Category Archives: ESBL

Research – Microbiological Quality and Safety of Fresh Turkey Meat at Retail Level, Including the Presence of ESBL-Producing Enterobacteriaceae and Methicillin-Resistant S. aureus



The aim of this work was to study the microbiological safety and quality of marketed fresh turkey meat, with special emphasis on methicillin-resistant S. aureus, ESBL-producing E. coli, and K. pneumoniae. A total of 51 fresh turkey meat samples were collected at retail level in Spain. Mesophile, Pseudomonas spp., enterococci, Enterobacteriaceae, and staphylococci counts were 5.10 ± 1.36, 3.17 ± 0.87, 2.03 ± 0.58, 3.18 ± 1.00, and 2.52 ± 0.96 log CFU/g, respectively. Neither Campylobacter spp. nor Clostridium perfringens was detected in any sample. ESBL-producing K. pneumoniae and E. coli were detected in 22 (43.14%), and three (5.88%) samples, respectively, all of which were multi-resistant. Resistance to antimicrobials of category A (monobactams, and glycilcyclines) and category B (cephalosporins of third or fourth generation, polymixins, and quinolones), according to the European Medicine Agency classification, was found among the Enterobacteriaceae isolates. S. aureus and methicillin-resistant S. aureus were detected in nine (17.65%) and four samples (7.84%), respectively. Resistance to antimicrobials of category A (mupirocin, linezolid, rifampicin, and vancomycin) and category B (cephalosporins of third- or fourth generation) was found among S. aureus, coagulase-negative staphylococci, and M. caseolyticus isolates.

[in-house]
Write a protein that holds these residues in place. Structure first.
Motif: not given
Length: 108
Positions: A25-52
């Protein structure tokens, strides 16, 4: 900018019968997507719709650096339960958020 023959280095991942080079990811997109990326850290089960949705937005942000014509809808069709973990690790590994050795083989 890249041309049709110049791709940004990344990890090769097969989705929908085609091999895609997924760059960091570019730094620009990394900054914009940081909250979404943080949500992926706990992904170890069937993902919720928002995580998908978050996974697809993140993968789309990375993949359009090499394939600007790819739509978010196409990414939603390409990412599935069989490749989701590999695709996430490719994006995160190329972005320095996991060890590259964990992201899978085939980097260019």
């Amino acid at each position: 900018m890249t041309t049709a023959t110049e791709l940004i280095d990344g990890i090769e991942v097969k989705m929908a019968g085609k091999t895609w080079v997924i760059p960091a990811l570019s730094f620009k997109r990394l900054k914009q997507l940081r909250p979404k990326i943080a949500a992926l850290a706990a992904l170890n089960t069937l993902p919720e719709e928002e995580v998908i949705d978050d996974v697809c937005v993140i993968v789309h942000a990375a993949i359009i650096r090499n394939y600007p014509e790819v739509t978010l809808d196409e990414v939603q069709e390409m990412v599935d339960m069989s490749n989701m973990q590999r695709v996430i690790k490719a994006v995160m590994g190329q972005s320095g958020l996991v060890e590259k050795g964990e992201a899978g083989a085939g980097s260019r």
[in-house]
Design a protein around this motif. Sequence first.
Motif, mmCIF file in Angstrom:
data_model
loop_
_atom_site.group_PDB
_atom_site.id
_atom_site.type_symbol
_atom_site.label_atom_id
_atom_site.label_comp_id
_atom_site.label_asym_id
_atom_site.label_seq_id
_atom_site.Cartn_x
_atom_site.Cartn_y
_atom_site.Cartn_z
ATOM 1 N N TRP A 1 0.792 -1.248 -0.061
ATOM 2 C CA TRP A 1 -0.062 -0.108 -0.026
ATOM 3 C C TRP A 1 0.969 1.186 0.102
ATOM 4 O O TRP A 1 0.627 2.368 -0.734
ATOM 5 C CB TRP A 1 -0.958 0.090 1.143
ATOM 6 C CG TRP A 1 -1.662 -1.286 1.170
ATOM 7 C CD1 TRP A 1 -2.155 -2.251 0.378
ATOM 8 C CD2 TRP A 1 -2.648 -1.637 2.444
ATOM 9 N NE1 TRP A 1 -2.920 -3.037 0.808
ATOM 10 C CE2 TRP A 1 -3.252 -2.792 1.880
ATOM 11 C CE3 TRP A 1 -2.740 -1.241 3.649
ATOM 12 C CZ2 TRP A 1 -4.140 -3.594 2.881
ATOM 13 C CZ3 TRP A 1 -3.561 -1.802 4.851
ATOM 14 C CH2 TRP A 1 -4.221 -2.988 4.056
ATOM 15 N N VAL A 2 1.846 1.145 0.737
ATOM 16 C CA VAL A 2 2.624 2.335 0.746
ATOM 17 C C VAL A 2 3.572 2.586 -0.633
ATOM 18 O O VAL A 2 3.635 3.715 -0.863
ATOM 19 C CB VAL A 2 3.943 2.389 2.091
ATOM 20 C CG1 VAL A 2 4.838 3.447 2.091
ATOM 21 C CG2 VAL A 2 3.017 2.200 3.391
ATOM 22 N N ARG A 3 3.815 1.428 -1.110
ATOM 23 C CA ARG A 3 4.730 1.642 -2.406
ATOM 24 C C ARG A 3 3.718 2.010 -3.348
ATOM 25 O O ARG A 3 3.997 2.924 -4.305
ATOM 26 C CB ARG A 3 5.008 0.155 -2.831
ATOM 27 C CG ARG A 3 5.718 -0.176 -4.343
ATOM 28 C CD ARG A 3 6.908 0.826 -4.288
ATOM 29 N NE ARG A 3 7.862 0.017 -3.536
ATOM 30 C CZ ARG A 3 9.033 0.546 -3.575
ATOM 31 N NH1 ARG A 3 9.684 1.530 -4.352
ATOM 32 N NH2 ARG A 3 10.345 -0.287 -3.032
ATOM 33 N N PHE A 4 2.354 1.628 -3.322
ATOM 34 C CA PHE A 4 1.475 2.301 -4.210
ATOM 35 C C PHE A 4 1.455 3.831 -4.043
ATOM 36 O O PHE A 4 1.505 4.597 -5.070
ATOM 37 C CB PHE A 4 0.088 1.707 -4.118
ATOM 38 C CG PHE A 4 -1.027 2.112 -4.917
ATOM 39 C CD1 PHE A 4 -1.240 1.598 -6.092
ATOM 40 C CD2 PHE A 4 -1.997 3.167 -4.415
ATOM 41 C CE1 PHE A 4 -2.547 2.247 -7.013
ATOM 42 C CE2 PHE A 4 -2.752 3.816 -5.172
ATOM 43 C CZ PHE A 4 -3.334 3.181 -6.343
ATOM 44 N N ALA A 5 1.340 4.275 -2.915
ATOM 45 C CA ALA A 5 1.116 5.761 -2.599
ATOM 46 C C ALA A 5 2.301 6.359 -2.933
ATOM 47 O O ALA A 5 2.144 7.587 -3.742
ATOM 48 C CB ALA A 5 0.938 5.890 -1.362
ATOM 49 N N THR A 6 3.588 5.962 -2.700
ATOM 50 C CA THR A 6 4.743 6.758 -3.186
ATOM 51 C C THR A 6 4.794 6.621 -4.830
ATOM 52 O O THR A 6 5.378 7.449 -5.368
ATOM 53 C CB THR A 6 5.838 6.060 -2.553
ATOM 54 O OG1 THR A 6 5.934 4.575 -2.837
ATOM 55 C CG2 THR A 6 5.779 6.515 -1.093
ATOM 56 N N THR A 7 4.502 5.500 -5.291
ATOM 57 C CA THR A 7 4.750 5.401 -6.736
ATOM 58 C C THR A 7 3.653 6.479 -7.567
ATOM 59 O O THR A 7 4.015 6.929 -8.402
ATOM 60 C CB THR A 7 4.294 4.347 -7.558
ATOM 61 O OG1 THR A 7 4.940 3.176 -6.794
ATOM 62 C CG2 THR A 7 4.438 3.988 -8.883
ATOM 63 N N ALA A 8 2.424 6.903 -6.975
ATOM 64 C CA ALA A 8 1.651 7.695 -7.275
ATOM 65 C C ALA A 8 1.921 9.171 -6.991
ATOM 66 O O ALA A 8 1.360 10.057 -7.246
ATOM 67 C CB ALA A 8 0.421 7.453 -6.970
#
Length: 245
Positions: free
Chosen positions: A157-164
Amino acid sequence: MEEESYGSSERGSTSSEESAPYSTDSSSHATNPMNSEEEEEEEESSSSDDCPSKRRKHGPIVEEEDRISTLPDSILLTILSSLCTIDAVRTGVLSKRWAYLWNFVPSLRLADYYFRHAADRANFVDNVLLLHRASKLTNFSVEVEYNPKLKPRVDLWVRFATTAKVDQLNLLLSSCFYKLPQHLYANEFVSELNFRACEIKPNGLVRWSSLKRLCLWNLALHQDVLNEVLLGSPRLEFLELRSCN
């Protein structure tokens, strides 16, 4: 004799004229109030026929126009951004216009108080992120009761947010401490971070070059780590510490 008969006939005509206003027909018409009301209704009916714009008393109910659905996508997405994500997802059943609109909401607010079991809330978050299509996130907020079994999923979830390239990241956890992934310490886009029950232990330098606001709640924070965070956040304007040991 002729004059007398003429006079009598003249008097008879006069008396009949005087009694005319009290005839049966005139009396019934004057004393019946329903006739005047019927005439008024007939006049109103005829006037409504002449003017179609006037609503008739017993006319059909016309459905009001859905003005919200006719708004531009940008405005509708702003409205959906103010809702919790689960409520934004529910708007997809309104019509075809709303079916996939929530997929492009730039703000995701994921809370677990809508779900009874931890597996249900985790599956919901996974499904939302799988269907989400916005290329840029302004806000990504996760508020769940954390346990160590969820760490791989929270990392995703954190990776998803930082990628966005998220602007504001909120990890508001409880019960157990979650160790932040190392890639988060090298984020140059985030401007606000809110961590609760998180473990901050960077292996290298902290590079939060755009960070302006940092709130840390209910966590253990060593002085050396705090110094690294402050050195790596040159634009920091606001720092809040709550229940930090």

Research – ESBL- and Carbapenemase-Producing Escherichia coli and Klebsiella pneumoniae among Bivalves from Portuguese Shellfish Production Areas



Bivalves are filter-feeding organisms and biomarkers of bacterial pollution. Our study aimed to analyze the occurrence and characteristics of extended-spectrum β-lactamase (ESBL)- and carbapenemase-producing Escherichia coli among bivalves. A total of 522 bivalve samples were collected along Portuguese shellfish production areas. Homogenized samples were screened for E. coli contamination on corresponding selective plates, allowing for concomitant growth of Klebsiella pneumoniaeE. coli growth was observed in 39% of the samples. Subsequent selective screening identified nine samples (4.4%) contaminated with ESBL producers, corresponding to E. coli (n = 7) and K. pneumoniae (n = 2), while a single carbapenemase-producing K. pneumoniae (0.5%) was identified. ESBLs were all CTX-M-types commonly identified in human isolates, i.e., CTX-M-32 (n = 4), CTX-M-15 (n = 4), and CTX-M-14 (n = 1). The carbapenemase producer harbored the blaGES-5 gene located on a ColE plasmid. Clonality was evaluated by multilocus sequence typing, identifying E. coli backgrounds as ST10, ST23, ST540, ST617, ST746, SLV206, and SLV2325, commonly identified among environmental and human strains. The K. pneumoniae isolates belonged to ST834, ST15, and DLV644. The occurrence of ESBL- and carbapenemase-producing Enterobacteriaceae in bivalves reveals how the marine environment constitutes a reservoir of critical bacterial pathogens, thus potentially representing a risk to human health.

Research – Insights into the Bacterial Diversity and Detection of Opportunistic Pathogens in Mexican Chili Powder